Each house undertakes fundraising for its own named charity through 'enterprise days' where students are expected to work together in a business-like way on projects to promote the work of its charity and to raise money on their behalf. 

  • Byron - Ealing Soup Kitchen
  • Chambers - Mary's Meals
  • McQueen - British Red Cross
  • Perceval - Cancer Research UK
  • Springfield - Young Minds
  • Yeats - Motor Neurone Disease Association

The aim for pastoral curriculum is to prepare and position students to deal with the personal, social & spiritual challenges of their future pathways. SMSC is delivered through assemblies, tutor times, pastoral workshops, wider learning/electives & RE lessons. Where possible we use story to explore and explain. Throughout their time at school, students maintain a portfolio of evidence in order to self-evaluate their own progress towards these targets and their acquisition of the Twyford Trust Learning Skills.

The SMSC policy for the Trust has further information.

The design of the Pastoral Curriculum will support students to achieve pastoral outcomes as well as the individual targets which they will set for themselves including at students’ annual target setting meeting. They will acquire knowledge in areas related to their personal welfare & wellbeing including careers and social awareness which will enable them to develop as good citizens with a well-developed spiritual and moral compass. Central to this is self-evaluation. We are able to get the students to do this via the development of a ‘personal portfolio’ to go alongside a set of frameworks for self-assessment.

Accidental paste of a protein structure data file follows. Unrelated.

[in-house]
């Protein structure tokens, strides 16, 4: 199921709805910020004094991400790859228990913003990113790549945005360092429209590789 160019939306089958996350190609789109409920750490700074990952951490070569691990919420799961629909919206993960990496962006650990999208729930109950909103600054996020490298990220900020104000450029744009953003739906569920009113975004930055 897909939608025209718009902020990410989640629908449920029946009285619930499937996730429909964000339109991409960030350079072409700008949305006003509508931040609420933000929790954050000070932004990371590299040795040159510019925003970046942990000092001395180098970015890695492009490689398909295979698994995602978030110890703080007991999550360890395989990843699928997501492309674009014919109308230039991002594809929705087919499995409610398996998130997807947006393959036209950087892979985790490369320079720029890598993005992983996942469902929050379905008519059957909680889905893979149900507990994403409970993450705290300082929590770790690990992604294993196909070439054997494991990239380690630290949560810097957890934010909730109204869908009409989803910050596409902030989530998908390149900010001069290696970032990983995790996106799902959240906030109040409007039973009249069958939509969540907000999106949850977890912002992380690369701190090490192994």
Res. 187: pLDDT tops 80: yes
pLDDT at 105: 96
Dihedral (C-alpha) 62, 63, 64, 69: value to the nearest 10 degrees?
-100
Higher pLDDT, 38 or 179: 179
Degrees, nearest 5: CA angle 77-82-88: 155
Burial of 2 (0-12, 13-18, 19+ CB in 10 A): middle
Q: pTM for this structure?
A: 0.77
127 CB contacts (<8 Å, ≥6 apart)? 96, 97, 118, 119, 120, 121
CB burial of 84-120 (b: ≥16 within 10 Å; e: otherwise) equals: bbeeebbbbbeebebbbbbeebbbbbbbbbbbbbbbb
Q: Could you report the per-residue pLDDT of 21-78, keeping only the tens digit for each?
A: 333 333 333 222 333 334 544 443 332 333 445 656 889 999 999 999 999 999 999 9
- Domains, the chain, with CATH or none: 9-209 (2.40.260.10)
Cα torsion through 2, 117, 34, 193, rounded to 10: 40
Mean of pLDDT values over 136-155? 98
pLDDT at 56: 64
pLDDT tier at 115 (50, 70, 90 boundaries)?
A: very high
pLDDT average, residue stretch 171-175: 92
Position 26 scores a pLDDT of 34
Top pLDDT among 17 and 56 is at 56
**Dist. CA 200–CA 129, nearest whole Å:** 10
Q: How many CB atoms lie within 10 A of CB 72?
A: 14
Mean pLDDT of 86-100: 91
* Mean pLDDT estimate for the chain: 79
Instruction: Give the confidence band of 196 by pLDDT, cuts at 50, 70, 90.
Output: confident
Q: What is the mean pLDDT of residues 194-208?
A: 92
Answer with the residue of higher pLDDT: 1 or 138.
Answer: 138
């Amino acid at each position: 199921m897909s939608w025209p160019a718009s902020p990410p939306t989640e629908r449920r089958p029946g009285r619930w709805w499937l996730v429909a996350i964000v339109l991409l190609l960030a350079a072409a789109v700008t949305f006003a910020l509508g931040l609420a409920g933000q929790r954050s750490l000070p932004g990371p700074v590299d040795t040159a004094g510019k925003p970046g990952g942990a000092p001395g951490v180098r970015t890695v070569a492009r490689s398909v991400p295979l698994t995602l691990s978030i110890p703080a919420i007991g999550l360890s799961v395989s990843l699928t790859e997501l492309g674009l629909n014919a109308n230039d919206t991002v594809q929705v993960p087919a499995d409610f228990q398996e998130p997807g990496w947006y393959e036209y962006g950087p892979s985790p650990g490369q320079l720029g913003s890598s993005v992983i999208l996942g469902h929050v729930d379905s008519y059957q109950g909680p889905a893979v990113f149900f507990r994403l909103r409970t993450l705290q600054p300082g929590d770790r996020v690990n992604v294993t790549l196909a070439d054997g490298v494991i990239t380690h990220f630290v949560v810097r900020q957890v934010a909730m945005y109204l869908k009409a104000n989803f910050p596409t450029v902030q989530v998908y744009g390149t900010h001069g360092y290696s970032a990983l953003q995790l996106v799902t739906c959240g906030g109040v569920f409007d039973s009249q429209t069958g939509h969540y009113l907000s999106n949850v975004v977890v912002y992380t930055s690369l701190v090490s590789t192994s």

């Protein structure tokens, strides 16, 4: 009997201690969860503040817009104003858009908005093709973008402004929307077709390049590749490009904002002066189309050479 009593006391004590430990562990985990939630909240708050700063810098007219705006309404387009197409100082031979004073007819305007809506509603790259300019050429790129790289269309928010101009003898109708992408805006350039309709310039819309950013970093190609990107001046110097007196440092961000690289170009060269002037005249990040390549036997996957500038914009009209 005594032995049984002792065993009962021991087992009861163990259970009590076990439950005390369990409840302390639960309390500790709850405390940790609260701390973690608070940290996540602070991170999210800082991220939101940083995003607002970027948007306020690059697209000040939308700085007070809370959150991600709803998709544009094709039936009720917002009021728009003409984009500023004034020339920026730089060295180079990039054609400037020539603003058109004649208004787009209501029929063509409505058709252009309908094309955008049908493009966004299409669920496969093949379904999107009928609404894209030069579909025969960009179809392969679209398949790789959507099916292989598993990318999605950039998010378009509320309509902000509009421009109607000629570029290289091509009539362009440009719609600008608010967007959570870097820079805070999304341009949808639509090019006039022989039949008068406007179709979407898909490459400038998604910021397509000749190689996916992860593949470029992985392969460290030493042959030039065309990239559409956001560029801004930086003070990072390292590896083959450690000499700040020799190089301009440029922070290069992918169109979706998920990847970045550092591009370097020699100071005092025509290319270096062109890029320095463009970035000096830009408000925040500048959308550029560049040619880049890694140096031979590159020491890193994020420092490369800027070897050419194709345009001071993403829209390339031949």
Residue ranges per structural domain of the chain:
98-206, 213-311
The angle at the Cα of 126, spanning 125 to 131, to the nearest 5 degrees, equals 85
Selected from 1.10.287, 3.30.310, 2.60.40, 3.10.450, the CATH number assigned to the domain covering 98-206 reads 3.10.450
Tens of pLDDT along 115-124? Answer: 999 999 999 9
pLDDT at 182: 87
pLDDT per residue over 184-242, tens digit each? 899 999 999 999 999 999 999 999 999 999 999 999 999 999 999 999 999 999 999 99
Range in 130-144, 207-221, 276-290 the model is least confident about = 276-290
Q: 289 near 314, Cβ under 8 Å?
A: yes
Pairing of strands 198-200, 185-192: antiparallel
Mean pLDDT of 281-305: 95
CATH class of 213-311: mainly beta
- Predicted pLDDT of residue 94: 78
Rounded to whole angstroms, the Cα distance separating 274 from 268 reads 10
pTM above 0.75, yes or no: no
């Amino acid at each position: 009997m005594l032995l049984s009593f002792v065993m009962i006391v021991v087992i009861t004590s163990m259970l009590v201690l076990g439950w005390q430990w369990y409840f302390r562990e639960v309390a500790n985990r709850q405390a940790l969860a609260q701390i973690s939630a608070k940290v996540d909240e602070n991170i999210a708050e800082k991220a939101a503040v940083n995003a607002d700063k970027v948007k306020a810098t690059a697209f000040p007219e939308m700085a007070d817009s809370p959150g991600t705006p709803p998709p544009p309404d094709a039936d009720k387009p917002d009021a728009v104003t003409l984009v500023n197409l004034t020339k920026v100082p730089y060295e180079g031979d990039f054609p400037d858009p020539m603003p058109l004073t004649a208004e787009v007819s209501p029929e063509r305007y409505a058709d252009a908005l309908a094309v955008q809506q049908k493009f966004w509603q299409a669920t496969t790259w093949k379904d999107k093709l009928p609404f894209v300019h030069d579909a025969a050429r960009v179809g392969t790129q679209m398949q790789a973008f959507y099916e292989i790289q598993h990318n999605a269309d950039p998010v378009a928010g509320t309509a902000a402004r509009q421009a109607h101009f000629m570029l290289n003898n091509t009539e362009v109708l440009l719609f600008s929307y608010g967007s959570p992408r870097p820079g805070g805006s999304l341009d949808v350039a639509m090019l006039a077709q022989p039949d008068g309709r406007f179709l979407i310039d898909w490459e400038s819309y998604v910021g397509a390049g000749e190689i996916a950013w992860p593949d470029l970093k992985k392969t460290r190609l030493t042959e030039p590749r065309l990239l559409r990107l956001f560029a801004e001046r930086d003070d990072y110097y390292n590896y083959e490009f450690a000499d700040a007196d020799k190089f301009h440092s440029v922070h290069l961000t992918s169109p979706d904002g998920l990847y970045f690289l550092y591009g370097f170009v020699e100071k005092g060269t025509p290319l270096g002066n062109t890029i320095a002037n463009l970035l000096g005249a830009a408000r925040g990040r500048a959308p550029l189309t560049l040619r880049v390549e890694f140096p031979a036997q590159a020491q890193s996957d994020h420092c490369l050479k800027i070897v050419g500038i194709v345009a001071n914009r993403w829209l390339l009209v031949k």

The programmes fall into an upper and lower school section: the lower being about ‘myself and others’ and the second about ‘walking with purpose’. We have consciously used stories from Christian tradition as the framework for the programme as we are a part of a Christian Trust. The pastoral programme taught in tutor time is supplemented and supported by Pastoral Workshops, which form part of our PSHE curriculum, to support students to understand themselves in relation to the society in which they live.

Over each academic year, the six half terms move through the themes of having good gifts used in service of others (know yourself, be an agent for Good), knowing how to avoid staying in a bad place (understand weakness & accept support) and being fulfilled in community (engage fully & stretch). Overall, therefore the pastoral programme seeks to help every child gain a secure hope and a future. It uses the development of reasoning and critical reading to ensure:

  1. Students develop their own spiritual understanding and interpretation of the Christian tradition through Bible stories & the stories of other faiths & peoples.
  2. Students use those stories to develop a deeper understanding of themselves and their own moral framework.
  3. All members of the tutor group form social relationships with each other which are supportive, positive and based on common stories.
  4. Students are supported to critically engage with and place themselves in relation to contemporary cultural and PSHE issues.